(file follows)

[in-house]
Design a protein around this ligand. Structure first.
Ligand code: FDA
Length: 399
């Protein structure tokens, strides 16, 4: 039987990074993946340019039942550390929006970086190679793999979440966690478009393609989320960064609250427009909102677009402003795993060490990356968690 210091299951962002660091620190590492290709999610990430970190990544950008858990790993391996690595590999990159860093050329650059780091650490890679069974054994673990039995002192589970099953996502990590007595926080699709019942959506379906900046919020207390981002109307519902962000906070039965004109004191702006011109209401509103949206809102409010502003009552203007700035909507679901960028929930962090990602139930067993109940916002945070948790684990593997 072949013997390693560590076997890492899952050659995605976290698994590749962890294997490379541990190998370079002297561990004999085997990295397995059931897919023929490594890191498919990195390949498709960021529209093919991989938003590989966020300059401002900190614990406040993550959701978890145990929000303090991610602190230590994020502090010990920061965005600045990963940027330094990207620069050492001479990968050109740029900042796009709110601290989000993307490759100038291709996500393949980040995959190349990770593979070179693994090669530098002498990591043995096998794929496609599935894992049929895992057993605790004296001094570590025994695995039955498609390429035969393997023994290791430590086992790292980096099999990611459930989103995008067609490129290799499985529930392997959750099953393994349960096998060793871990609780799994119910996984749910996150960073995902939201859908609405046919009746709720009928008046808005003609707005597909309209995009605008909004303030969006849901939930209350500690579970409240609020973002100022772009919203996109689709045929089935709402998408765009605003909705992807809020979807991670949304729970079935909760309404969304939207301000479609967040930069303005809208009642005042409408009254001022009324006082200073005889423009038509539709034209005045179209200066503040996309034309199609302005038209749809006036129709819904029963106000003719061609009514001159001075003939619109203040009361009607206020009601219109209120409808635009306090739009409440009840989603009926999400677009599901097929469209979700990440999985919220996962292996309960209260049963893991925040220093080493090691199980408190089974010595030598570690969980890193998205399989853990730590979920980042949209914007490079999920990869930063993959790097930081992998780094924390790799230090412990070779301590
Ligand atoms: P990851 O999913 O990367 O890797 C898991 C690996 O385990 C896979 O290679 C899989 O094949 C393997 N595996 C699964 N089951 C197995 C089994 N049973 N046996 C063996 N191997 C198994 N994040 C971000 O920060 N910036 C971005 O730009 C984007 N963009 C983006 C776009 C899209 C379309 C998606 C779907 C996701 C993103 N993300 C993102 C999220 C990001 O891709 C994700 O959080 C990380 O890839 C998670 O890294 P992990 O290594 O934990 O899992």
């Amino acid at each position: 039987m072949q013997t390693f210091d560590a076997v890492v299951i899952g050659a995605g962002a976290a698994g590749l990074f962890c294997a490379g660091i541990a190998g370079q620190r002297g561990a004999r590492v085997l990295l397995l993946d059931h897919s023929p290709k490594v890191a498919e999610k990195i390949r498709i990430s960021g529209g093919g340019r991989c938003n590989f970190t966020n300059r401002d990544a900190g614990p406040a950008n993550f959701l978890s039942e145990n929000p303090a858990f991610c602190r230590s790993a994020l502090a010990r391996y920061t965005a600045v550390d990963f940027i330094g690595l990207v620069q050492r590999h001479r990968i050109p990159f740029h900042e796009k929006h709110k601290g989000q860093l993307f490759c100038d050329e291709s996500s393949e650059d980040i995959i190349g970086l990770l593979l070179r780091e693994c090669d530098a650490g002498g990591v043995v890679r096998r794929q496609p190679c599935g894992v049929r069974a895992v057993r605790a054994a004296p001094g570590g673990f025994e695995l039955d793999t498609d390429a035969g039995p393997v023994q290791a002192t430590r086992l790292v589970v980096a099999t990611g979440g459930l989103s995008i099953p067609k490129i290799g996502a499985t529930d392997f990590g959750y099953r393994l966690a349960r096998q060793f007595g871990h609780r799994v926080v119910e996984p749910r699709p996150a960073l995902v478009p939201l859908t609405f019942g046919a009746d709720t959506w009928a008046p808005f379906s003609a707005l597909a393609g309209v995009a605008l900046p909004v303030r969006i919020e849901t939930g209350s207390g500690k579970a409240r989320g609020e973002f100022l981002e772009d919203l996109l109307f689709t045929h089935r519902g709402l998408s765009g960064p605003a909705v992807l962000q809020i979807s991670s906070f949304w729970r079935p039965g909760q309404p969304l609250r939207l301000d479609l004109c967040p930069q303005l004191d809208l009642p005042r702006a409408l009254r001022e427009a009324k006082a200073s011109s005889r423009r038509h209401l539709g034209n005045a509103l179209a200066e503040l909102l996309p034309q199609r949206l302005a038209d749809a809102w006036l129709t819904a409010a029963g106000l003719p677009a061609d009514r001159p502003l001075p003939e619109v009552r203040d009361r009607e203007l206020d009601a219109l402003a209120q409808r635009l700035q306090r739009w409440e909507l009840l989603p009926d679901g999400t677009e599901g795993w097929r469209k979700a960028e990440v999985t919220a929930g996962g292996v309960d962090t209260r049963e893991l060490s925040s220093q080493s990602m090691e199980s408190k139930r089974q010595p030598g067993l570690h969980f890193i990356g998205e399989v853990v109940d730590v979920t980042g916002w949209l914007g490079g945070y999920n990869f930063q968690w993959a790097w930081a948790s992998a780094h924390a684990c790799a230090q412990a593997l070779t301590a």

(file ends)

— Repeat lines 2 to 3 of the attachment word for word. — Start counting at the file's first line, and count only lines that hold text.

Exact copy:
Design a protein around this ligand. Structure first.
Ligand code: FDA